The comments in those online threads often quickly turn to comparing breastfeeding to some other bodily function that people find disgusting and “nobody wants to see.”  Comments like:  “If breastfeeding in public is acceptable then I should be able to just piss anywhere I need to!”  “That’s disgusting, why can’t they just pump and use a bottle?  I don’t want to see someone getting a blow job while I’m shopping and I don’t want to see breastfeeding.”  “We go to the bathroom to take a dump and don’t just crap on the sidewalk, women can go to the bathroom to pull out their boob, we don’t have to see it.”  “If a woman can just whip out her boob and stick it in a baby’s mouth, I should be able to just whip out my dick and jerk off.”  And more, so many more.  I usually roll my eyes and move on dismissing the writer as someone that doesn’t understand some very basic and crucial differences that flaw their comparison rendering it completely invalid and not worth my time.  Moving on is also to keep me from commenting “well, when you’re ready to prepare a bottle of piss or serve up some human shit in a beautiful dish for your dinner guests and when grocery store shelves are stocked with products claiming to be ‘as good as human urine/feces’ then I might hear your point.”  But then it happened in real life and I couldn’t bite my tongue and roll my eyes in time to not decidedly educate the poor individual that would dare to compare breastfeeding in public to taking a dump in public in my presence.  As it turns out, maybe people really are confused on some of these basic differences.  I decided to see what a larger sample size thought of the issue and how breastfeeding in public compared to these body functions commonly argued as being equally as disgusting (their words, not mine) as breastfeeding in public.  To gather some admittedly biased information considering my poll group consists of fans of The Leaky Boob  (and some got very confused that I’d even ask such a question, a few were a bit upset, they didn’t expect to see that kind of question there and I can’t blame them) I asked the followers of TLB FB, Jessica The Leaky Boob Facebook page, and my own personal friends to vote which was the most disgusting: urinating in public, defecating in public, sex in public, blow job/masturbation in public, and breastfeeding in public.  The results:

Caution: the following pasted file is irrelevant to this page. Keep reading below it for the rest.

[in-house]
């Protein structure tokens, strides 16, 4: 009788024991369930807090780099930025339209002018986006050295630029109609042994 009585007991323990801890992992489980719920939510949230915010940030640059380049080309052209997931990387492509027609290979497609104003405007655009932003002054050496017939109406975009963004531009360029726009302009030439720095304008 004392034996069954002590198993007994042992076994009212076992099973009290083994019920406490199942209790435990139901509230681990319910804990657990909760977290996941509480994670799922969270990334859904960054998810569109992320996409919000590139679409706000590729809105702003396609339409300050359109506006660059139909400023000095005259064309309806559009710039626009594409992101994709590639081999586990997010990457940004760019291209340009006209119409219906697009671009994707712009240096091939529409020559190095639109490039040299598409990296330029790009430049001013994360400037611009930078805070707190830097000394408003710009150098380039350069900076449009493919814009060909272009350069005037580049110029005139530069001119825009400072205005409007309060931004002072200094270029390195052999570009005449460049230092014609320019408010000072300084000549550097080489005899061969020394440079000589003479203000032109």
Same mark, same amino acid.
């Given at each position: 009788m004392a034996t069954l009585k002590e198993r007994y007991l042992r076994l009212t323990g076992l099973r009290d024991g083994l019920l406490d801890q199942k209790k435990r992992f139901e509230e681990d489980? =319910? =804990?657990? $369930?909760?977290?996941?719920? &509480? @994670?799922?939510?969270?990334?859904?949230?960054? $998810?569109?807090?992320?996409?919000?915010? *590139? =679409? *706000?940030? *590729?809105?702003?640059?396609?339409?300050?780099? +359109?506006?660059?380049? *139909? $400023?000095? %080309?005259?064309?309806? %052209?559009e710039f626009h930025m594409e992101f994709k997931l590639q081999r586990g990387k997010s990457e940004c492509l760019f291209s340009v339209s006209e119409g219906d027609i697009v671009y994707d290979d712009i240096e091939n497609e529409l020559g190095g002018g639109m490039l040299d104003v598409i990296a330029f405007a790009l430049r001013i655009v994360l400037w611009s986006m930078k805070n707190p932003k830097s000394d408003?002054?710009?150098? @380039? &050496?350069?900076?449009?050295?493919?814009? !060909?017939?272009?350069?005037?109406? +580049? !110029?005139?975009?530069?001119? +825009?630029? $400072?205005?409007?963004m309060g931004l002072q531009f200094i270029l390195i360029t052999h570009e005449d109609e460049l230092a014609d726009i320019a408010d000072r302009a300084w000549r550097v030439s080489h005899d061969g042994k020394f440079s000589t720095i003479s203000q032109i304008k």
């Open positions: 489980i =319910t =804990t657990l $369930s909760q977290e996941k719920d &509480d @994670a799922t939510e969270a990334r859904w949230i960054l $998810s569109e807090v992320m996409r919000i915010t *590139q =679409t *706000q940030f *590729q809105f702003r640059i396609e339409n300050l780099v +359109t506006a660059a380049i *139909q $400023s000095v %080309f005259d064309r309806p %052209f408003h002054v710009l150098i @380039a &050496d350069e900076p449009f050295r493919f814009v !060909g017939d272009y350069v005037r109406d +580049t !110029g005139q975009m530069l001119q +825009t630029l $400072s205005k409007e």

In case you’re wondering, breastfeeding didn’t make it on the graph.  Nobody in our unscientific and poorly constructed poll voted for breastfeeding as being the most disgusting option of the 5.  But since not everyone followed the directions (to only pick one that was most disgusting) we ended up with another pie chart illustrating how many of those polled think  urinating in public, defecating in public, sex in public, and blow job/masturbation in public is more disgusting than breastfeeding in public.